"Adam Smith used the phrase “invisible hand” only once in “The Wealth of Nations,” and he probably didn’t mean to say what most people now think he said. But never mind: Today the phrase is almost always used to mean the proposition that market economies can be trusted to get everything, or almost everything, right without more than marginal government intervention."
But I wouldn't be so quick to the "never mind" part. It does, in fact, matter that people misinterpret Smith; if nothing else, it lends some pretty hefty intellectual chops to the modern version of the "invisible hand" when those misusing it have someone like Smith "on their side." After all, economics is also a rhetorical discipline - persuasion, beliefs, and appeals to authority (and what greater authority is there in economics than Adam Smith?) all matter for economics. This is especially true in the policy discussions where Smith's name is frequently invoked.
Smith, as Krugman noted, used the phrase "invisible hand" only once in reference to the tendency of people to prefer investing their money domestically rather than abroad:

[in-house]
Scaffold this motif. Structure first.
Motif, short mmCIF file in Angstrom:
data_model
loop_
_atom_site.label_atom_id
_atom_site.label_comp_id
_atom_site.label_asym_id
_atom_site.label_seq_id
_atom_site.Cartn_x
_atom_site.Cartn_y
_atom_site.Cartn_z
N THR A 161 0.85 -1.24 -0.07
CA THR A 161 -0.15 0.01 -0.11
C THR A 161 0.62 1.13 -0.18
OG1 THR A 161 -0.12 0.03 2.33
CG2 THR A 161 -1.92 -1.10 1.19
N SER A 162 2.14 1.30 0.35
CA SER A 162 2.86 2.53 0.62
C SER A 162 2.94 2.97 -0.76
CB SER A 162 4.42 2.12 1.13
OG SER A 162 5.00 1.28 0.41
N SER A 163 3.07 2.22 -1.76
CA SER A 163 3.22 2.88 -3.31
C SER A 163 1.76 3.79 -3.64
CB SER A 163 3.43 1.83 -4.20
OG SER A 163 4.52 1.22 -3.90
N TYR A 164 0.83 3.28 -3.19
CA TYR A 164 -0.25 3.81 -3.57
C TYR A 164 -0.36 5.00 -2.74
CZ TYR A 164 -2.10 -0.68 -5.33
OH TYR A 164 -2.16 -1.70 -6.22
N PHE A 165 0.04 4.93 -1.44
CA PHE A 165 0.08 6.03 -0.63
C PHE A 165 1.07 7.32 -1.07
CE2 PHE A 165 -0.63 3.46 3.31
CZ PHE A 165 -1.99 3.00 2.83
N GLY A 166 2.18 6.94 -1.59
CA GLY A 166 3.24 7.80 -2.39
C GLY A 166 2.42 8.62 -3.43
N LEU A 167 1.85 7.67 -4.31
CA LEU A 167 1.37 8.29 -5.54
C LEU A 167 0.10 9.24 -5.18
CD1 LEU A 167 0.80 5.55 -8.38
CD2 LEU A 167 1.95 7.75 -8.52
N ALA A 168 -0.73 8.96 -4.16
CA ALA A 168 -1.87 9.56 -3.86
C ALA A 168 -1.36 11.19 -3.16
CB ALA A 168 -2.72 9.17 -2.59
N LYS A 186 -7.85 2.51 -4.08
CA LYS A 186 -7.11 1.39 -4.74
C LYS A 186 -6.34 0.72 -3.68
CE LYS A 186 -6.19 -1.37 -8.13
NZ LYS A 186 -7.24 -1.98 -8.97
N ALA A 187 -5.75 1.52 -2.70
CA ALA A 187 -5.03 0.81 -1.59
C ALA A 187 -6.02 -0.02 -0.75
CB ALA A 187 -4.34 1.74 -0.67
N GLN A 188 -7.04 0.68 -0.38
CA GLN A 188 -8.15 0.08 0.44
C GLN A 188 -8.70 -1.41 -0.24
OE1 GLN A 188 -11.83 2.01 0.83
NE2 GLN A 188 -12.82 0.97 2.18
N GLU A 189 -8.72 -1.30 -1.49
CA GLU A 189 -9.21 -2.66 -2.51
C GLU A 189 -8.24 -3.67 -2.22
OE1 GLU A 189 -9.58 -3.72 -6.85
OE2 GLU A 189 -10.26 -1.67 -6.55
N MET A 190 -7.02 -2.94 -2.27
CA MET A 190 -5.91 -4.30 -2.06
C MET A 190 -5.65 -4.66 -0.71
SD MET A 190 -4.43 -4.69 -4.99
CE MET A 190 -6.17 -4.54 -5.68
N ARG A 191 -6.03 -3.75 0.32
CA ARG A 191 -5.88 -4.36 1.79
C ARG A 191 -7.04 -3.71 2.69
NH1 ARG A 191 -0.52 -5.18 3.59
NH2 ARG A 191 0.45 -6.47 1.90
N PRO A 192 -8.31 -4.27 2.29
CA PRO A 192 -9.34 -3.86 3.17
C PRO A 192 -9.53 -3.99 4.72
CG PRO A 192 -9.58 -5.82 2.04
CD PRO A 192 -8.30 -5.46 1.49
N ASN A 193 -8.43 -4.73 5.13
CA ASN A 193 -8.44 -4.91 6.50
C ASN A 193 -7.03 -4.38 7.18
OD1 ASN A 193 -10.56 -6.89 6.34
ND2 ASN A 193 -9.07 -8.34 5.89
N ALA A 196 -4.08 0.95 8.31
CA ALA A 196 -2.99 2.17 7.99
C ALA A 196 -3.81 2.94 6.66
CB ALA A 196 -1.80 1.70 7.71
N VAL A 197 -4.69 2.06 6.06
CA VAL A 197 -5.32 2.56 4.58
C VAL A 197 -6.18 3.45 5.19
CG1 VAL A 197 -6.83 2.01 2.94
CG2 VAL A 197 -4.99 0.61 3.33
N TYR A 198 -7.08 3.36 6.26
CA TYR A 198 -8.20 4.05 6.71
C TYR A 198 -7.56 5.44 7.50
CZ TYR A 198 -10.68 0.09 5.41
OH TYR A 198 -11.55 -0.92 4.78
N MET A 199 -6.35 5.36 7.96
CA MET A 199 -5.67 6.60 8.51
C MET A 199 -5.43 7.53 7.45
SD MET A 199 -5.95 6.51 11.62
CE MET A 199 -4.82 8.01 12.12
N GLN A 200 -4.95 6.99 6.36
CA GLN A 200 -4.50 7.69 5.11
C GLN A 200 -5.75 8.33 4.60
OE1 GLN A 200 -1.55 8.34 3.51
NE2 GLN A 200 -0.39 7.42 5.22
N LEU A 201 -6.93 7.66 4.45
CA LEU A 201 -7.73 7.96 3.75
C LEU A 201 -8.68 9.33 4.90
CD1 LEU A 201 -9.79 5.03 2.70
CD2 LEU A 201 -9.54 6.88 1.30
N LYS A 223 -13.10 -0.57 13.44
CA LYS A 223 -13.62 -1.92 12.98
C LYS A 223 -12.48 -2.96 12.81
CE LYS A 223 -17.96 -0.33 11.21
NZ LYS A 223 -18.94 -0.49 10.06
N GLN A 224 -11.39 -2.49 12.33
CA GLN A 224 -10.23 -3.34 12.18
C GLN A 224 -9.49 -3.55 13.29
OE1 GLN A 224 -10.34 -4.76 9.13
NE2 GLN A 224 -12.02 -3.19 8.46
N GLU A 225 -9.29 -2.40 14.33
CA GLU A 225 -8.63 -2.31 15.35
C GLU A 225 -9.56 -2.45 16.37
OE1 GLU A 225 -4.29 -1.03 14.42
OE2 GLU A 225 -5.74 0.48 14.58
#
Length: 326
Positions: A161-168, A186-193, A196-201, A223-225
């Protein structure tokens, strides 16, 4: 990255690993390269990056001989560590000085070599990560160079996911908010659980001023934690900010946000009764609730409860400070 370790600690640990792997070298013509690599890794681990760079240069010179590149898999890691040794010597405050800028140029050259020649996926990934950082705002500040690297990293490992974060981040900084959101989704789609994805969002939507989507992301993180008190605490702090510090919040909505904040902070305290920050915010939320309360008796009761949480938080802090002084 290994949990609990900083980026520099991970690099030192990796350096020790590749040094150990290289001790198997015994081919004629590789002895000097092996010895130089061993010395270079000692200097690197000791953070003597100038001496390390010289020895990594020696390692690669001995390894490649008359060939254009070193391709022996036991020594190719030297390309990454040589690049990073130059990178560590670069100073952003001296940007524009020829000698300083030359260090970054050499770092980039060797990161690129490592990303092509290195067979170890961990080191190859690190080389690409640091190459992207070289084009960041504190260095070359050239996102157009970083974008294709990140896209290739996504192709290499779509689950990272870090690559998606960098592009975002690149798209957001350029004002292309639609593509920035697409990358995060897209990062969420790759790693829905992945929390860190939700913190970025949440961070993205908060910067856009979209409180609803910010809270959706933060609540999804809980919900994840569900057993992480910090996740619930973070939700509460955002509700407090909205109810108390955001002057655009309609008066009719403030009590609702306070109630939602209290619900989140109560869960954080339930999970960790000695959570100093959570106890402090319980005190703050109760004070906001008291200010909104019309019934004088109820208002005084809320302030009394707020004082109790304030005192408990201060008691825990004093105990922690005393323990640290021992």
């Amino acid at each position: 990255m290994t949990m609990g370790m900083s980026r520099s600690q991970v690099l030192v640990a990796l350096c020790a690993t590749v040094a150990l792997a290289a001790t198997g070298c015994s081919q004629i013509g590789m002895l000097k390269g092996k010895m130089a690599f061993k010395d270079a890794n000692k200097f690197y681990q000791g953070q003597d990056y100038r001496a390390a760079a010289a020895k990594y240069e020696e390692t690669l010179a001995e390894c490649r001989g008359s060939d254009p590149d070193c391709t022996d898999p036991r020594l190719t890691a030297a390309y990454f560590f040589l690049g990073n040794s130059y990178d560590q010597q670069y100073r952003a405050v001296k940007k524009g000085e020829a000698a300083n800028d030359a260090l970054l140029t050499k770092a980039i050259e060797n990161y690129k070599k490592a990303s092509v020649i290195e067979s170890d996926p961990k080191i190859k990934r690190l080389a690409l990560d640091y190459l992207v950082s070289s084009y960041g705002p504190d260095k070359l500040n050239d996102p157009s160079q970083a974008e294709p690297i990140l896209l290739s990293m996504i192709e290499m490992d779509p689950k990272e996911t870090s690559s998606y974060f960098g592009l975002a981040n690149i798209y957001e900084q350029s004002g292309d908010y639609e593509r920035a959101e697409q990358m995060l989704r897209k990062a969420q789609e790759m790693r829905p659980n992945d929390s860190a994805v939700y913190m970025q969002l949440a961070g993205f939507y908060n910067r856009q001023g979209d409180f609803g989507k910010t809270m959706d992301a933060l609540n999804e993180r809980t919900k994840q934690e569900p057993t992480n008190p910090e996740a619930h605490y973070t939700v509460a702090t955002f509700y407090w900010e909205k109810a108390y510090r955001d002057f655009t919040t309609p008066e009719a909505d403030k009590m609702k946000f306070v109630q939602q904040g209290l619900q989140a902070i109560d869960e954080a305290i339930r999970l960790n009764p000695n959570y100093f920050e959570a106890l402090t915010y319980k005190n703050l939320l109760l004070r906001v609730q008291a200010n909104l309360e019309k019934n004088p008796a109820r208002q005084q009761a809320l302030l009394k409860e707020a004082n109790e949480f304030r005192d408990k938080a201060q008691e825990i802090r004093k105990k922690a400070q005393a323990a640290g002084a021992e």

"As every individual, therefore, endeavours as much as he can both to employ his capital in the support of domestic industry, and so to direct that industry that its produce may be of the greatest value; every individual necessarily labours to render the annual revenue of the society as great as he can. He generally, indeed, neither intends to promote the public interest, nor knows how much he is promoting it. By preferring the support of domestic to that of foreign industry, he intends only his own security; and by directing that industry in such a manner as its produce may be of the greatest value, he intends only his own gain, and he is in this, as in many other cases, led by an invisible hand to promote an end which was no part of his intention. Nor is it always the worse for the society that it was no part of it. By pursuing his own interest he frequently promotes that of the society more effectually than when he really intends to promote it."
This is not a theory of markets, but merely an observation about growth (not efficiency) effects of investing capital domestically. It was not an early version of the First Fundamental Welfare Theorem, despite claims to the contrary.